SAN JOSE, March 8 (Xinhua) -- Costa Rica's government is encouraging the business community to take part in the second China International Import Expo (CIIE), following the success of the first in 2018.
The Ministry of Foreign Trade and the national trade promotion agency Procomer aim to get a head start on the November event in Shanghai, which gives exporters an opportunity to showcase their products for the Chinese market.
"Our priority policy is to make the most of trade accords and the free trade agreement with China. It is of the utmost importance to give exports greater opportunities (and) identify where the bottlenecks are to improve," Foreign Trade Minister Dyala Jimenez told business leaders at a meeting on introducing CIIE.
At the gathering sponsored by Procomer, China's Ambassador to Costa Rica Tang Heng highlighted the success of the first expo and the potential trade opportunities the event presents.
The CIIE "is the first event of its type around the globe that allows the world to share the enormous opportunities of the Chinese market and to build a common market so countries can cooperate with each other," said Tang.
The inaugural expo in 2018 drew 3,617 exhibitors from 172 countries, regions and international organizations, and attracted more than 800,000 visitors.
In 2018, Costa Rica's delegation, headed by Jimenez, "saw firsthand the huge potential of the Chinese market and the responsibilities taken on to promote economic liberalization," said Tang.
Costa Rican coffee maker Coopevictoria participated in last year's expo, and its trade manager Hermann Faith shared his experience with others.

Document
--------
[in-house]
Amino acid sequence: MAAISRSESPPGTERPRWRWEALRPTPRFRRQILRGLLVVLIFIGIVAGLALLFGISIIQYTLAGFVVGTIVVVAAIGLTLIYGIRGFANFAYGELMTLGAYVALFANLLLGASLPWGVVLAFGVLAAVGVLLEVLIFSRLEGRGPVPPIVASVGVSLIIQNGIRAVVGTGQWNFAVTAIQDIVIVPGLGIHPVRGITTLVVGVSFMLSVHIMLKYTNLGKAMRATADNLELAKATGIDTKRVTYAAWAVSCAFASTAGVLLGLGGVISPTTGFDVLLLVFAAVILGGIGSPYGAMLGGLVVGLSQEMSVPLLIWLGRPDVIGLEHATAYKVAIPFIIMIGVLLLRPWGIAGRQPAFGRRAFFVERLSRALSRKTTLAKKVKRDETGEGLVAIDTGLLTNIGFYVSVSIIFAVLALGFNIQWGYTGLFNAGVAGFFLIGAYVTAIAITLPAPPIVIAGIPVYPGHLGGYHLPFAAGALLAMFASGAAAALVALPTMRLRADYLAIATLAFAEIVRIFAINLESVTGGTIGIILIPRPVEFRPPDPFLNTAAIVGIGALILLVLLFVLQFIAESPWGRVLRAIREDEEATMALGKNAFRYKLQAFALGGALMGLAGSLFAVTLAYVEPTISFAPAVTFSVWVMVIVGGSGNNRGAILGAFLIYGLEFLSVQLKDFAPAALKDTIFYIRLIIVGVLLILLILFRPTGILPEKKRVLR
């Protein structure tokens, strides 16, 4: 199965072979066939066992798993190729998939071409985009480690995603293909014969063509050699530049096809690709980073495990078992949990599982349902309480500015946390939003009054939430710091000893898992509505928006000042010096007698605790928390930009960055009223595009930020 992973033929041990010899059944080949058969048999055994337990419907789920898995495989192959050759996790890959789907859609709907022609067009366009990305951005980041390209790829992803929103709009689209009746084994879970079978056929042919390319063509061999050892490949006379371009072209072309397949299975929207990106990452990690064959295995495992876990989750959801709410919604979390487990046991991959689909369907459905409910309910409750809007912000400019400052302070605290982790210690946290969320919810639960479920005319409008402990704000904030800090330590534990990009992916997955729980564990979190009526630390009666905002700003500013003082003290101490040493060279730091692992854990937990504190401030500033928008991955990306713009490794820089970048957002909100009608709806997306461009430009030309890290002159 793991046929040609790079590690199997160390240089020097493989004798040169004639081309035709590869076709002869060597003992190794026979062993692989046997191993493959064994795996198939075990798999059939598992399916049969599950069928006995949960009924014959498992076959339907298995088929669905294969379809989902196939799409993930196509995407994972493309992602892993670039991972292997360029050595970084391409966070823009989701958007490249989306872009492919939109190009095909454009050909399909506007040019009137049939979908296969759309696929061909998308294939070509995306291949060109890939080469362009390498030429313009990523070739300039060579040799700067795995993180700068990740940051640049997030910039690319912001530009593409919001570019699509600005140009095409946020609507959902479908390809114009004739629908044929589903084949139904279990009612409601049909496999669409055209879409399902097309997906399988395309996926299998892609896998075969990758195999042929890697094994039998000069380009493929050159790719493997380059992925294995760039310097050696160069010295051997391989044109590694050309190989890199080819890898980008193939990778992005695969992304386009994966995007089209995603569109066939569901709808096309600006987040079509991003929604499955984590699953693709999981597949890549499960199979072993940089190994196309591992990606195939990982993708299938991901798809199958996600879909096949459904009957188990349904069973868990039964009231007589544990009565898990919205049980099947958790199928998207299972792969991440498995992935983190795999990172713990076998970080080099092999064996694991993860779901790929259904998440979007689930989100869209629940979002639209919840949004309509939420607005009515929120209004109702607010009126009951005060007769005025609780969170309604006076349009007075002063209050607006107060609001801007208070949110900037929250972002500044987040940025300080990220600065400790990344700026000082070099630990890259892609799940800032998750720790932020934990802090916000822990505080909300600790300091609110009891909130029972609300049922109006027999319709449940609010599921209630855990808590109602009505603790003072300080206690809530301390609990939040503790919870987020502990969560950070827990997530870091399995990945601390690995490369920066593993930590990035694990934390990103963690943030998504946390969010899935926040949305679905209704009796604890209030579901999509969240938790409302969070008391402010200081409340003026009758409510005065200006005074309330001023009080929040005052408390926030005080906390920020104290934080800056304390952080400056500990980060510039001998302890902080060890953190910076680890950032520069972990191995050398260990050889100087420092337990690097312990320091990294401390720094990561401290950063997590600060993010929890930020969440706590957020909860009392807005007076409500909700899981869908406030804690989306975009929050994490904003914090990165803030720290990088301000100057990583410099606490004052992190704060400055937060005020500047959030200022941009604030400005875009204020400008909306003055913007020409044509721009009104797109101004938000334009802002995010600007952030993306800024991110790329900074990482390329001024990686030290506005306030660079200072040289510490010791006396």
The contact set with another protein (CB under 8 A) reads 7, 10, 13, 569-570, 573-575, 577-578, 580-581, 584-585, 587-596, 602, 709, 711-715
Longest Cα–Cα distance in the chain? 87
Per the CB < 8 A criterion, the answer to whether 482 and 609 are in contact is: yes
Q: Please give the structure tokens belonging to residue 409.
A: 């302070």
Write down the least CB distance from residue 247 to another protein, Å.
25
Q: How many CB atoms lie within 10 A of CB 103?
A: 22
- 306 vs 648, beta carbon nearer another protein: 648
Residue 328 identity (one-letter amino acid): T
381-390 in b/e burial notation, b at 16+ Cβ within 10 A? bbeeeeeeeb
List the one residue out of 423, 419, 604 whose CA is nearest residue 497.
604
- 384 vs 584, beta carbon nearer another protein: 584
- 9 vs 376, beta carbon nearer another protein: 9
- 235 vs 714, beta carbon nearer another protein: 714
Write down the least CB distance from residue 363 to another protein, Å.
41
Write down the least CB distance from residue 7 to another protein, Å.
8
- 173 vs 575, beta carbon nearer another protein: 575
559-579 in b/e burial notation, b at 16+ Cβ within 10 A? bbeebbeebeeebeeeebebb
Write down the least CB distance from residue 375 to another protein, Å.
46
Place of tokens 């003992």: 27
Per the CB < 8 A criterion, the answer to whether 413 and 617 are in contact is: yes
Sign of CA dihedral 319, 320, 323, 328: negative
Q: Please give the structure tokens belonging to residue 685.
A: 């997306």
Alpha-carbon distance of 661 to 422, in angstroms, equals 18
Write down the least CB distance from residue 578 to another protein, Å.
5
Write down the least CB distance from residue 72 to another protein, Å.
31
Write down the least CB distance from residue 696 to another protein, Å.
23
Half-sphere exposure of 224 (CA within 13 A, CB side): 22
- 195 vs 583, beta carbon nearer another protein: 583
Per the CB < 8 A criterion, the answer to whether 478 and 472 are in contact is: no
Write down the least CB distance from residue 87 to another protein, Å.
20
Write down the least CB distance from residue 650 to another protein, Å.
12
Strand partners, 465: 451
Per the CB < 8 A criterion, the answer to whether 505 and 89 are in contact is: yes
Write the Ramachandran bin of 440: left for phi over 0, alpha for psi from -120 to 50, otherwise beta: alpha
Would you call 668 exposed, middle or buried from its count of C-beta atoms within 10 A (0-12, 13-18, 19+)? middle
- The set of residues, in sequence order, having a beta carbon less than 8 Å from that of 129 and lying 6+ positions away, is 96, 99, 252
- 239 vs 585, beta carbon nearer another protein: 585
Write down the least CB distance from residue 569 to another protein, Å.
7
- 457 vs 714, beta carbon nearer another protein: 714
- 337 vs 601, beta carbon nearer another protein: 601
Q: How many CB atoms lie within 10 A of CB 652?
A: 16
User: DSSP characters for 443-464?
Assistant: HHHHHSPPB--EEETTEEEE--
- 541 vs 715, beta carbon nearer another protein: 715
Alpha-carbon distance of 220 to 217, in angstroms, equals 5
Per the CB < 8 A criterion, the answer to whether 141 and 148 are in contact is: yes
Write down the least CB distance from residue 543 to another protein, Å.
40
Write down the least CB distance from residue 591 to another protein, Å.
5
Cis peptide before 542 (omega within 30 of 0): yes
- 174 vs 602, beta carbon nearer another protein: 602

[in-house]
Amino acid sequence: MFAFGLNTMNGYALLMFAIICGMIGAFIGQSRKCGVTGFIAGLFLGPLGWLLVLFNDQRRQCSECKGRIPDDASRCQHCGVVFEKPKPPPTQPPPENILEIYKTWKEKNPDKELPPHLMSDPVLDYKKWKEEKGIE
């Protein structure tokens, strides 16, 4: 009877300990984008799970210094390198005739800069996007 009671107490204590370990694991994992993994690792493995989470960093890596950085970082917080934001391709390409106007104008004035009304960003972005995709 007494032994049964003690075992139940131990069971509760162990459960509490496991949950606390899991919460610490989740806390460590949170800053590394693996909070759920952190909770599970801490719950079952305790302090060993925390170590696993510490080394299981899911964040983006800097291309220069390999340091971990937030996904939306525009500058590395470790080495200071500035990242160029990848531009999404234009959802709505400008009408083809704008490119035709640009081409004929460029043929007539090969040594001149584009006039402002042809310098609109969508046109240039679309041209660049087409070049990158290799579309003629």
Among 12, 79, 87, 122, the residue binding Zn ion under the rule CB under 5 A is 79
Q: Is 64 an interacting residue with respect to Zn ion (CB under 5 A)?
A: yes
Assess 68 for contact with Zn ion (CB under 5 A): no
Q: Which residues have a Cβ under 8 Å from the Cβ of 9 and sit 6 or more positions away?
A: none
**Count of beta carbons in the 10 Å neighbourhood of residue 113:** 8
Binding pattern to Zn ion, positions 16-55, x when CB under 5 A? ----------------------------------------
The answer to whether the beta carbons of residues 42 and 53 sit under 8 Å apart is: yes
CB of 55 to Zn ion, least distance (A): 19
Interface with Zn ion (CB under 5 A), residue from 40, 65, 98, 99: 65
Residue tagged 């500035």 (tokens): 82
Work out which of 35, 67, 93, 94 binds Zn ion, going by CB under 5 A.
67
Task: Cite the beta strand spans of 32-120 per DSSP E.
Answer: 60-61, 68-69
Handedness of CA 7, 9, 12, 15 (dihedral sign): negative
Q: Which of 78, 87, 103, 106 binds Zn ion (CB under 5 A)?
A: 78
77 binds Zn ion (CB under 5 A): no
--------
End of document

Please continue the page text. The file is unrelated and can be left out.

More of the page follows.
The CIIE allowed the company to fast-track the process of identifying and contacting potential Chinese buyers, a process that can otherwise entail much more time and investment, he said.
"Our experience was very good, because we have been going to the Chinese market for more than five years, but we have always gone looking for buyers. This time it was very interesting because it was the first time we met with people directly interested in the product, and that really minimized the time, the effort and obviously the investment," said Faith.
The sales potential for Costa Rican exports in China is "practically infinite" given the size of the market, he noted.
While the small Central American country would be hard pressed to meet Chinese demand by volume, it could carve a niche for itself as a supplier of more exclusive premium goods, such as gourmet coffee, said Faith.
The expo demands the same level of efficiency from exhibitors as the organizers display, he said.
"It was very well organized and very demanding, that's for sure. You have to be very well prepared starting here in Costa Rica, with everything from samples ... to the paperwork. But the organization is impeccable, really impeccable," said Faith.
Luis Diego Soto, founder of Costa Rican candy maker Turrones Dore, was the first to sign up to attend the 2019 CIIE as part of the national delegation.
"It is a growing market with many, many people who want to try new things," said Soto, who believes products of his company "are right for a growing market like China."
His company is looking to diversify its export markets and the CIIE presents a unique opportunity to do that, he said.
"We have been in Seattle, in France, in Germany with limited success because there is a large offering there. I think in China we can have better opportunities due to the novelty (of the product), the opening-up and the expansion of a large middle class," said Soto.
Fabio Piedra, the head of consulting firm Piedra, Gaitan and Partners, which advises businesses on how to approach the Chinese market, said the expo offers many advantages, mainly by bringing exporters and importers together.
"At the expo, we can identify business opportunities that would be hard to detect on an individual basis. China is very large. The cities represent significant sales potential, but getting from place to place in China is a lot of work," said Piedra.
Last year, six Costa Rican companies showcased their goods at the CIIE, including makers of coffee, cassava and pineapple products.
This year, Costa Rican officials expect to double their exhibition space to 90 square meters in a bid to boost the nation's exports to China.